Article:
Sports Law Blog
All things legal relating
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Tuesday, March 16, 2004
Is Your NCAA Tournament Pool Illegal?: Who do you have in the Elite Eight? Which #12 will upset a #5? Do you think Pitt can win it all? If it is March, it must be NCAA Tournament pool time. Along with flowers blooming and spring training, plucking down $5 and agonizing over the 7-10 matchups has become a rite of spring. Some experts predict that more than $1.5 billion in productivity will be lost over the next three weeks as workers schedule out-of-office "meetings" and cheer for the mighty Davids, so long as their alma mater is not the Goliath.
But gambling is illegal in the United States, isn't it? Sure, there are exceptions, like Nevada, Atlantic City and Indian reservations-- but doesn't this country frown on such moral turpitudes? The short answer is yes, but you are probably ok anyway. In most states, gambling, even in a small-stakes pool, violates state anti-gambling laws and could subject you to a misdemeanor. If you take the initiative to organize the pool, you could be subject to a felony in some states, or possibly even liability under federal law. In the research I have done, only Montana has turned up as allowing tournament pools under a de minimis exception to the gambling laws, and Texas law appears to permit the pools so long as the organizer does not take a cut or fee for his/her troubles.
So, should you flee the state for your illicit activities? Most police and government officials say no. In most cases, the government is not interested in cracking down on $100 pools (though your employer may have a different opinion). Usually, the police do not get involved unless (1) you have ignored your employer's request to stop, (2) your pool is so large that substantial sums of money are involved or (3) there are minors implicated. Other than that, you could get fired (remember Rick Neuheisel?) but you will probably not be arrested.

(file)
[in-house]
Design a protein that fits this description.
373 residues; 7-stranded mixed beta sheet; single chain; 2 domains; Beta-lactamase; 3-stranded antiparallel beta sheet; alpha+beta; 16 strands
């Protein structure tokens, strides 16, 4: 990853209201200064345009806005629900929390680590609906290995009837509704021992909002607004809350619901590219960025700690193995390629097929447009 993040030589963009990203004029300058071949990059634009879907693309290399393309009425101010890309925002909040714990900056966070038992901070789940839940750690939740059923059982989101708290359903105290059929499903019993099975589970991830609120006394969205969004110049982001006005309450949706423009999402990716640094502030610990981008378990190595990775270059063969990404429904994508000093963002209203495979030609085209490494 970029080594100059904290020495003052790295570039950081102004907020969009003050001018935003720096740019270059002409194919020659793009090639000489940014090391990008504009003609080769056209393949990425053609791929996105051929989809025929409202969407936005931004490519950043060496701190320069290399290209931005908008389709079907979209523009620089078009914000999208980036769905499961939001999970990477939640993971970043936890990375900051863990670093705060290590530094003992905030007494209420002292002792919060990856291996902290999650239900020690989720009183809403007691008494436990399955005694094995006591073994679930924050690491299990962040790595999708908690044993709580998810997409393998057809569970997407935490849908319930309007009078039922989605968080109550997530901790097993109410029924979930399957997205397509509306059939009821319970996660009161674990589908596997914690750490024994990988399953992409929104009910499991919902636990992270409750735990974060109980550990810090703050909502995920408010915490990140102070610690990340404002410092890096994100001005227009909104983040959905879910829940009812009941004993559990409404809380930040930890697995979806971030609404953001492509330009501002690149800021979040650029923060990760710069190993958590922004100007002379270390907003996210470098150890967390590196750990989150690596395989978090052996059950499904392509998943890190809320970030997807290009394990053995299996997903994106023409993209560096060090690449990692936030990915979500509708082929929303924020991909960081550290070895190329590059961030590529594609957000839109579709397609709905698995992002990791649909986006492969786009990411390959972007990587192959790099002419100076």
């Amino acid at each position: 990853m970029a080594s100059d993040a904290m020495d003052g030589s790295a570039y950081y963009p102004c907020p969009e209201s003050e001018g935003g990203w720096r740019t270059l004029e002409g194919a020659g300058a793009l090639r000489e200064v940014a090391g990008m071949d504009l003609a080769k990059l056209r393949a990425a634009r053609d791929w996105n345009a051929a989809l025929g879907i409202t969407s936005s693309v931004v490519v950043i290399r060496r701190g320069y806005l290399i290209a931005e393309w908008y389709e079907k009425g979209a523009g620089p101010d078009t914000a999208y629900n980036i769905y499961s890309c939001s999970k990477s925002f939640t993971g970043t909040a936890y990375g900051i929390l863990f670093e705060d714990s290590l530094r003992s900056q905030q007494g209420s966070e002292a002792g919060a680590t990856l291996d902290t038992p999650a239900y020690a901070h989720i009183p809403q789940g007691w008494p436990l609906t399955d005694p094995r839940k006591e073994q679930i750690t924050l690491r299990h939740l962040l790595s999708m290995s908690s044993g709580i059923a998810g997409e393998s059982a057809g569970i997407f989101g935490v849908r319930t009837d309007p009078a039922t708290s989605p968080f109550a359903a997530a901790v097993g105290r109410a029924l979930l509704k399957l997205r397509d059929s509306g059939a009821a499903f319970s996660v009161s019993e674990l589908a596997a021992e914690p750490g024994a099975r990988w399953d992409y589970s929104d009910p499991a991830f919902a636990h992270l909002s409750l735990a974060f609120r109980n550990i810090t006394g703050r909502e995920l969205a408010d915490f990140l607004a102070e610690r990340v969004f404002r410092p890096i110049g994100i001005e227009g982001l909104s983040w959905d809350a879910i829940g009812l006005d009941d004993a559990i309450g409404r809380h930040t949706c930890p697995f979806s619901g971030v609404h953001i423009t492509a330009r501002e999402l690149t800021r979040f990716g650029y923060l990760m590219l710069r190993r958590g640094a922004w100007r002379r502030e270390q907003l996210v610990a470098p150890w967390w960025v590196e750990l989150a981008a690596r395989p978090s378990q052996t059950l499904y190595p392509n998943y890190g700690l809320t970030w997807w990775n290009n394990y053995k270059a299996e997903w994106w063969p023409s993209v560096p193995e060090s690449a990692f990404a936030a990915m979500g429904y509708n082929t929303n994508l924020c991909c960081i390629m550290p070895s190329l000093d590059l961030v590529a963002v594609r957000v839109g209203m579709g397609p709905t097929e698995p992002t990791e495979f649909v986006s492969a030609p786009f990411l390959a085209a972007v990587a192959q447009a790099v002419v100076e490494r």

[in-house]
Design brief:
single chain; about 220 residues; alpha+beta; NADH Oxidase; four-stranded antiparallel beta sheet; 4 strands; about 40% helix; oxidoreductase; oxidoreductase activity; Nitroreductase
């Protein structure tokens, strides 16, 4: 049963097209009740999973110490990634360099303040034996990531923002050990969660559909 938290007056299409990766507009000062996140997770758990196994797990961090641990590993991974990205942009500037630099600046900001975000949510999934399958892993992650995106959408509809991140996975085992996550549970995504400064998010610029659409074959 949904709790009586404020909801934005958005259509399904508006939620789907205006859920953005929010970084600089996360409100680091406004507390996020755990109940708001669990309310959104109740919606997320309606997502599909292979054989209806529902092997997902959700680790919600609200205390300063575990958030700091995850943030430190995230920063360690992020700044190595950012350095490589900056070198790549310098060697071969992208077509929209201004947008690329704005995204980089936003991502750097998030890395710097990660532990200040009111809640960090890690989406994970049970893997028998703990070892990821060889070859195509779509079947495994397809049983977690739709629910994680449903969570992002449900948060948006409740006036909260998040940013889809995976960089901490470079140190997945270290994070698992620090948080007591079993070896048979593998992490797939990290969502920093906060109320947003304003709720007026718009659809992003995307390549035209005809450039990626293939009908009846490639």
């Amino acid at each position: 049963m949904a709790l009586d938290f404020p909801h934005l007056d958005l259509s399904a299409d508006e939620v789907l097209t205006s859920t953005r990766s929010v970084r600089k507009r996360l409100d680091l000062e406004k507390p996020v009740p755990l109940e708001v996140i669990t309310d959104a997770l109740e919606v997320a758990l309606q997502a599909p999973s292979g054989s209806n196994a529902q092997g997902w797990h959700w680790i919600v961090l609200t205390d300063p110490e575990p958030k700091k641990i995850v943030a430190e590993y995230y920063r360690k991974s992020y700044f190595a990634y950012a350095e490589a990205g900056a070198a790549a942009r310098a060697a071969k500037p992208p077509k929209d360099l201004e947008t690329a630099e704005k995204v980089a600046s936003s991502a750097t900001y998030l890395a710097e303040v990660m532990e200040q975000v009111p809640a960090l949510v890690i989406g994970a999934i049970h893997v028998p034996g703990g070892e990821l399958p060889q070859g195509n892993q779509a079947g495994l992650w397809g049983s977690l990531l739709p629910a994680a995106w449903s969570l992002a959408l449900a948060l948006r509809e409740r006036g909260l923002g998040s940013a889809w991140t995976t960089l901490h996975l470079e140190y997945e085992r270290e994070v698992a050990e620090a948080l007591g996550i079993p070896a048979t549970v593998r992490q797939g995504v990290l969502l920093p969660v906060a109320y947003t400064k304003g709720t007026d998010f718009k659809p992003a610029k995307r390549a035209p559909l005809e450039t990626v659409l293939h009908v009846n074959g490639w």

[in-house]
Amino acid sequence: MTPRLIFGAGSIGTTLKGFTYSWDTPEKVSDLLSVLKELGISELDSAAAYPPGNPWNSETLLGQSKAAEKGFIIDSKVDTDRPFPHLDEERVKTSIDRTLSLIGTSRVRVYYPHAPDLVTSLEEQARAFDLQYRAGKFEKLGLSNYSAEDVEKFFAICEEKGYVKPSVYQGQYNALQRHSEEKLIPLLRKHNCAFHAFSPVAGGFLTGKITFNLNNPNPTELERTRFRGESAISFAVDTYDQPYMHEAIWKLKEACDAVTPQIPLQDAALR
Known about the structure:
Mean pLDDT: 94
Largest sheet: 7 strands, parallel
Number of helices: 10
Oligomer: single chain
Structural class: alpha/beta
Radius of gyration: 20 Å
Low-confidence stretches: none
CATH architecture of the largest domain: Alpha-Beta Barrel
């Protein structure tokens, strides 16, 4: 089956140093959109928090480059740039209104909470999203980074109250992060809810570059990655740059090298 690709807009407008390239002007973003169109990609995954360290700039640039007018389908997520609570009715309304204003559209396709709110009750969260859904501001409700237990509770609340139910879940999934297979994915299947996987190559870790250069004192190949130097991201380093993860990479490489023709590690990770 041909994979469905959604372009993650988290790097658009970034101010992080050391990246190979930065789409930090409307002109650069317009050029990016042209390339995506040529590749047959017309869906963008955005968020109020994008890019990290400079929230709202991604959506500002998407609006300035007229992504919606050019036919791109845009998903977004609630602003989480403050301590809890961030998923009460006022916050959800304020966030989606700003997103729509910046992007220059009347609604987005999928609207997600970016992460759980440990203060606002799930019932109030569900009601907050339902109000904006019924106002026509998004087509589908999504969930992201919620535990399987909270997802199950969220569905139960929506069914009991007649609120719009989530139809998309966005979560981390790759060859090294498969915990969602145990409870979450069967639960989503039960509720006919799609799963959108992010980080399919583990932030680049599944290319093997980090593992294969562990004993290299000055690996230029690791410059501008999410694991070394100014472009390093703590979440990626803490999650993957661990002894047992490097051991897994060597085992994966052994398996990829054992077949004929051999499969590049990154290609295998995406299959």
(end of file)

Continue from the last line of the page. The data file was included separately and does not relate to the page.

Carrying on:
However, some state officials, including those in Charlotte, have warned that offenders could be prosecuted, no matter how small the stakes. In addition, everyone should remember that gambling on the Internet remains illegal under federal law (see below). Thus, before making your presence as the local kingpin too well known, check and see if your local law enforcement is cracking down.
Finally, gambling can cause legal problems in one final, but often forgotten manner: income tax. Gambling winnings must be reported as income on your federal income tax sheet. The chances of an audit turning up that $100 won in a cash pool are not high, but you never know.
So, while many states turn a blind eye to the illegal madness of March, keep in mind that this does not have to be the case. Now, where did I put my bracket?
Note: Please keep in mind that this is intended for amusement or research purposes only. In no way should this be construed as legal advice or counsel. I am not (yet) a lawyer and I am not representing myself as one. If you get arrested, I hope you can read this Blog in prison, but I am not responsible. Thank you.